Tarping is the practice of covering open-deck freight with a plastic or canvas tarp. Drivers drape and secure the tarps to protect the cargo from precipitation and road debris.
While it’s a common task for open-deck truck drivers, tarping is an additional service and will be charged separately (plan to pay at least $100).
In the winter, drivers still tarp freight as needed — but the weather makes it a more difficult, and even dangerous, job.
Tarping is always offered for open-deck freight at Anderson Trucking Service (ATS). Our goal is to help shippers understand their options when requesting transportation services.
In the five minutes it takes to read this article, you will learn:
- Why wintertime tarping is more difficult and dangerous
- How shippers can make tarping easier for the driver
- Other ways to protect your freight
- Information to share with your carrier before they pick up the load
The goal is that this article will help you make the best decision for protecting your freight as well as the driver.
Dangers of Tarping Freight in the Winter
Tarps are large sheets of canvas or plastic, usually 6- or 8-feet square. Drivers throw them up and over freight and attach them to the bed of the semi-trailer with bungee cords.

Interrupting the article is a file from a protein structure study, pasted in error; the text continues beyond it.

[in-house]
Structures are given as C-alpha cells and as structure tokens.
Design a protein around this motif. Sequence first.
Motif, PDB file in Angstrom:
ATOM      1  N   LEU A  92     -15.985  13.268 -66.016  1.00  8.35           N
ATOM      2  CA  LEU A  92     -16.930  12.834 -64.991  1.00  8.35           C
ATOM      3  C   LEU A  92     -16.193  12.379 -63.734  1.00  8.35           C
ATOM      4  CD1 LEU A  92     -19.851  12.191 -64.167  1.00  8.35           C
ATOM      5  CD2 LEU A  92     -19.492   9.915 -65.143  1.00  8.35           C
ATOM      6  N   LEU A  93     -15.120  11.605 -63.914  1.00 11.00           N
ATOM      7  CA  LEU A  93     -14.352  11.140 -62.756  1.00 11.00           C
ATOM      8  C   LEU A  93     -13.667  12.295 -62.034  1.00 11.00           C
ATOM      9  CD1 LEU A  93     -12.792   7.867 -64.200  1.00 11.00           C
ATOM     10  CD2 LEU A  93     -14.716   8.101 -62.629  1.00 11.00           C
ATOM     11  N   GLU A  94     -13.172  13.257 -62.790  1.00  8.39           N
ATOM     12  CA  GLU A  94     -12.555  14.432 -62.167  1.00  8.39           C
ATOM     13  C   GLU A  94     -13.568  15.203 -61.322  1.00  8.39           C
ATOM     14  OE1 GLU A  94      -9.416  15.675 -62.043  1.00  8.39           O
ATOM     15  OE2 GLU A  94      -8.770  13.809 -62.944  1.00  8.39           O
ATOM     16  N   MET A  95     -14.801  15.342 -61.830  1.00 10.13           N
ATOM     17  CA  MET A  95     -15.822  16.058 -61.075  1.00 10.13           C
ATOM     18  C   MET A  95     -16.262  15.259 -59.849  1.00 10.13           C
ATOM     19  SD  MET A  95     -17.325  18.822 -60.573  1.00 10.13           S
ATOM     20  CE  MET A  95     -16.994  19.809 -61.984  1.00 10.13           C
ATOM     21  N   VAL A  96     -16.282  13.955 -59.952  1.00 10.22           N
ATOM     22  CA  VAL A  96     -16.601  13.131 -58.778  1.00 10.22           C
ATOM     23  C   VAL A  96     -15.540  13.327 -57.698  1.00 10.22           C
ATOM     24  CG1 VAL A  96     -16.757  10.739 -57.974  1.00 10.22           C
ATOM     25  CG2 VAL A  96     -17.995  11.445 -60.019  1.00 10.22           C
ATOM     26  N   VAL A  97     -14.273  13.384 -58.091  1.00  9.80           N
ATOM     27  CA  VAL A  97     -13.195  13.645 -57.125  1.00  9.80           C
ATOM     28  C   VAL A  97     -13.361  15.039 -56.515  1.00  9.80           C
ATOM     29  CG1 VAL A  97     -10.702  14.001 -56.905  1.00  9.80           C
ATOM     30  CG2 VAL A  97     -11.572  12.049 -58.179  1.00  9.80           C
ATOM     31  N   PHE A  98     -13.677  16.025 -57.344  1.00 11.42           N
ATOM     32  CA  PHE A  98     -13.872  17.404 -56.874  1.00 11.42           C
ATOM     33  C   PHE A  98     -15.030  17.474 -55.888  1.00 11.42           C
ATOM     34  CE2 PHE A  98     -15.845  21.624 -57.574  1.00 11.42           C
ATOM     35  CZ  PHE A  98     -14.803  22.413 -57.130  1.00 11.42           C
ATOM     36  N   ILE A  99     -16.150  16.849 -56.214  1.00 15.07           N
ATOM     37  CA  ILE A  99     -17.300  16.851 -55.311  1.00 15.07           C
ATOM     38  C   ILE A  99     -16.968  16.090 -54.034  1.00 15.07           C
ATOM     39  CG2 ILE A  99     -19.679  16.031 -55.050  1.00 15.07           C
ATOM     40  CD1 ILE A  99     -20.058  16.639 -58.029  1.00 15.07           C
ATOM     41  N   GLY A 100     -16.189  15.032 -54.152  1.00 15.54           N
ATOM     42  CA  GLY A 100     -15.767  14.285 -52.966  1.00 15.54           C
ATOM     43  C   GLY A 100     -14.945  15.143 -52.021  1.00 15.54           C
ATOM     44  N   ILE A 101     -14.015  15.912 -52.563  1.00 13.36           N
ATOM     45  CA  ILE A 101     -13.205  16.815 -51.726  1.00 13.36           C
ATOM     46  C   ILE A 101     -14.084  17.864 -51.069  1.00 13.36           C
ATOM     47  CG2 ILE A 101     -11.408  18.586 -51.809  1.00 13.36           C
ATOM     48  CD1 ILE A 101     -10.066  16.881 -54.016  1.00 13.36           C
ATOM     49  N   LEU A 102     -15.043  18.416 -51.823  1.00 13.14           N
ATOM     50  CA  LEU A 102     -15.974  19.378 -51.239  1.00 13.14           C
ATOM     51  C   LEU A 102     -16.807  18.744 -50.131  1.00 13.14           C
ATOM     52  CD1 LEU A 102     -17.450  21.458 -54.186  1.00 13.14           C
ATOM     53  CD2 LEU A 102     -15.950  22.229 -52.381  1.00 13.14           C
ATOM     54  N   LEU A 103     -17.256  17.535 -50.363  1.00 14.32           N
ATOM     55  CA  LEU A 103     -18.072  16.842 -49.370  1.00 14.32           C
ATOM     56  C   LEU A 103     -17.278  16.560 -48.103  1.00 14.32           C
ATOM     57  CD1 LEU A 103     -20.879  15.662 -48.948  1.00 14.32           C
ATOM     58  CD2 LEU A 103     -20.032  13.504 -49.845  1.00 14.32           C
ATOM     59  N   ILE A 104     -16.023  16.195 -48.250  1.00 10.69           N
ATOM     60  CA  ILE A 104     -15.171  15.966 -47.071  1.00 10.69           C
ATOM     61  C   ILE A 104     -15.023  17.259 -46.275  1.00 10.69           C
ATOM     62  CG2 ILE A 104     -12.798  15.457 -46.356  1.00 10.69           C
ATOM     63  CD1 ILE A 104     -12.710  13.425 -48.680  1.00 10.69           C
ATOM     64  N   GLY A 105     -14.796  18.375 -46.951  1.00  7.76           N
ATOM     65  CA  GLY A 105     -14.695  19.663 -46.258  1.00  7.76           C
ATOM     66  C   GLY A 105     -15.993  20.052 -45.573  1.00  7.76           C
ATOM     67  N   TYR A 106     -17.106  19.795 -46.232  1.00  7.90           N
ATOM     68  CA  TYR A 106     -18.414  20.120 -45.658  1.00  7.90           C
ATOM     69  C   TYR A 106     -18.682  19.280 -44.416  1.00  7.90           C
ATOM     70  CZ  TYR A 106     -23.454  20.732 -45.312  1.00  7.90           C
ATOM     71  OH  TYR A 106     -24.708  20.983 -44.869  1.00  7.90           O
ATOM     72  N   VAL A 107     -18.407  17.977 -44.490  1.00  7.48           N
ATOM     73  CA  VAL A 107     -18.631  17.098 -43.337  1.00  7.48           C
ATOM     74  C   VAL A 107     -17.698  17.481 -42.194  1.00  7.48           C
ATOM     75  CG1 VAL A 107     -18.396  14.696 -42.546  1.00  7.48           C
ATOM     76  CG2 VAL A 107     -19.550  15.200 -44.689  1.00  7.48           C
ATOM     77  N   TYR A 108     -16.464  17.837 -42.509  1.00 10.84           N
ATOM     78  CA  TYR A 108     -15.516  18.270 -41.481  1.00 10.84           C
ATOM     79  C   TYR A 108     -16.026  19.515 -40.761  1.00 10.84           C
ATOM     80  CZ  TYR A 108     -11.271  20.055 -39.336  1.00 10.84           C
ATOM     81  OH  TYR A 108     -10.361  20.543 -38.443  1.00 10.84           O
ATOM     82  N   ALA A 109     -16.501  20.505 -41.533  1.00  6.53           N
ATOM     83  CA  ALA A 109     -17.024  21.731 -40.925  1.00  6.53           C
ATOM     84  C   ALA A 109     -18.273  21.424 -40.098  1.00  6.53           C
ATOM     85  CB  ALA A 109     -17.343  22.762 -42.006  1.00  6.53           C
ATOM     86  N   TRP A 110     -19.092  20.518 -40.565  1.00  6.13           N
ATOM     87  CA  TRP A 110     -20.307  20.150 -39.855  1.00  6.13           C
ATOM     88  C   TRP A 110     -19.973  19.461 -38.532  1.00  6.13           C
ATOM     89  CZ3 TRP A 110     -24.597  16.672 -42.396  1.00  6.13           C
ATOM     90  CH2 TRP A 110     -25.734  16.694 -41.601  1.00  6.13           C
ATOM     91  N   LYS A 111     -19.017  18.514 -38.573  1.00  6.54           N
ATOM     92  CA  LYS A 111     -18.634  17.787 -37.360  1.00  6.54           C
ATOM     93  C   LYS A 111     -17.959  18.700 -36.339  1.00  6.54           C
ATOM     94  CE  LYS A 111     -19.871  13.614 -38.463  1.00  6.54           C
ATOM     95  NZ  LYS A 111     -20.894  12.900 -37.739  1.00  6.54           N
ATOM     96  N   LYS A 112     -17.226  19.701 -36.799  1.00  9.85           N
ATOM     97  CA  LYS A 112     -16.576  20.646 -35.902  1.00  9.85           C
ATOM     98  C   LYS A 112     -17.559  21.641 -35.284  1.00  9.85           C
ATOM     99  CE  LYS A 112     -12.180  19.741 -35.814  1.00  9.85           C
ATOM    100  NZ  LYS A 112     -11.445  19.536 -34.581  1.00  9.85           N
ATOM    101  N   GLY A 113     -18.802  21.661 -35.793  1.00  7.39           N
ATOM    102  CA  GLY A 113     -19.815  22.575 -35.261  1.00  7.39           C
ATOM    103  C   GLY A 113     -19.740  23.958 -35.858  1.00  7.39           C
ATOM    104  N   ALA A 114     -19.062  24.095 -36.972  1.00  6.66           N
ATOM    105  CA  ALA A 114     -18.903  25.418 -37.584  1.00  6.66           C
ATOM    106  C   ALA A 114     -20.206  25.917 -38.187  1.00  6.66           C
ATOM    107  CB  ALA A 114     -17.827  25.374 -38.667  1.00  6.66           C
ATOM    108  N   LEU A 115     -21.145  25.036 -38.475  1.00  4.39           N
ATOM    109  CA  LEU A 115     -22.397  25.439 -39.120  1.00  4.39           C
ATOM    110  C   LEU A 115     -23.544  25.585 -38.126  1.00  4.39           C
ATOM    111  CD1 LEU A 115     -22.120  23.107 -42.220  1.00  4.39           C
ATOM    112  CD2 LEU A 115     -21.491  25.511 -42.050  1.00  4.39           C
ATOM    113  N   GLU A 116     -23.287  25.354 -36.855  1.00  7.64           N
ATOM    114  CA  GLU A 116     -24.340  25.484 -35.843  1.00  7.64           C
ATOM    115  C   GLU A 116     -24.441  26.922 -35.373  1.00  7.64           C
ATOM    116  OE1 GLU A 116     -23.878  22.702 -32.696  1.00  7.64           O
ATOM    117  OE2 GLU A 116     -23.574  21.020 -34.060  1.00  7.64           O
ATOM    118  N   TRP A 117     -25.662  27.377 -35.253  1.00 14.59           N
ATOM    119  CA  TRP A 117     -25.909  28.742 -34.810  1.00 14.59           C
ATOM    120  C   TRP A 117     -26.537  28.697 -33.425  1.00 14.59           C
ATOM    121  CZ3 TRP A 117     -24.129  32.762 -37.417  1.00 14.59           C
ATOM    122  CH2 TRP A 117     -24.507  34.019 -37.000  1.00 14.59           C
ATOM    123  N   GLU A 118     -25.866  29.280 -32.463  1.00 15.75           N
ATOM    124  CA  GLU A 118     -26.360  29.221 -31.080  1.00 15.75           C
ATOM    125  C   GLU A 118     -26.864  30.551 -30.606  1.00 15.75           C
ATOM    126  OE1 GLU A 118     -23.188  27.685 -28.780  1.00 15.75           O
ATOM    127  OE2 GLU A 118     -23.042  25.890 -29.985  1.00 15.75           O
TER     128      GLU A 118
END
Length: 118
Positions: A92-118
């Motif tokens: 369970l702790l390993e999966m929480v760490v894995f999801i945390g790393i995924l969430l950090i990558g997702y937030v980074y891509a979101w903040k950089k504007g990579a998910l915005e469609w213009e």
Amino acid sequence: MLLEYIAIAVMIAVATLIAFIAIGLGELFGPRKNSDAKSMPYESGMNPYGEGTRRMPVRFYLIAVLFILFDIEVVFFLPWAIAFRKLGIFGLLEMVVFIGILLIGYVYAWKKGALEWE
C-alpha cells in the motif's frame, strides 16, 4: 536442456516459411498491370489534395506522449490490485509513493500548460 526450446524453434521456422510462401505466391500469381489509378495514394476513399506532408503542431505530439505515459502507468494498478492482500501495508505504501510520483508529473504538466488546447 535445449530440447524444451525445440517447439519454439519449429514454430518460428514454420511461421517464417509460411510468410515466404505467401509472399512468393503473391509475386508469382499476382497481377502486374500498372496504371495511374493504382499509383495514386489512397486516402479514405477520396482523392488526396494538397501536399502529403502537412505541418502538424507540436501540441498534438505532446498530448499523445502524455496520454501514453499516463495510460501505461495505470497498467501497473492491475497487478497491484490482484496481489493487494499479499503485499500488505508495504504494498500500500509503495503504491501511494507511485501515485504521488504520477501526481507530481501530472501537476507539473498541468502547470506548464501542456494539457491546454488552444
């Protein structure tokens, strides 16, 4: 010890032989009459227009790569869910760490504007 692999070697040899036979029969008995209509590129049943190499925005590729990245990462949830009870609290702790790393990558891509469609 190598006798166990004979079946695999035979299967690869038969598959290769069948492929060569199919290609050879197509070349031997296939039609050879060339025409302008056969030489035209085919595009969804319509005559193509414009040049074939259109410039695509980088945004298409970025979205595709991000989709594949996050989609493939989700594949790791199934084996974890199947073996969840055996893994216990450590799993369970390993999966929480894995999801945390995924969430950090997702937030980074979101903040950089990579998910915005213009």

Winter weather makes dealing with tarps uncomfortable and even dangerous.
- Holding a six-foot (or larger) tarp essentially creates a sail, and a strong gust of wind can cause a grown adult to be knocked off their feet.
- Icy build-up on the lot or bed of the trailer means the driver is working on a slippery surface.
- Cold stiffens plastic tarp, making it more difficult to grip, and wearing layers to combat the cold makes it harder to maneuver.
- Rain, snow or sleet makes all surfaces wet, heavy and potentially slippery.
- Shorter daylight hours mean it’s more likely the driver is working in the dark.
Any of these conditions can cause problems with tarping open-deck freight. But most days have a combination of these conditions (for example, icy days are usually cold), making things downright treacherous.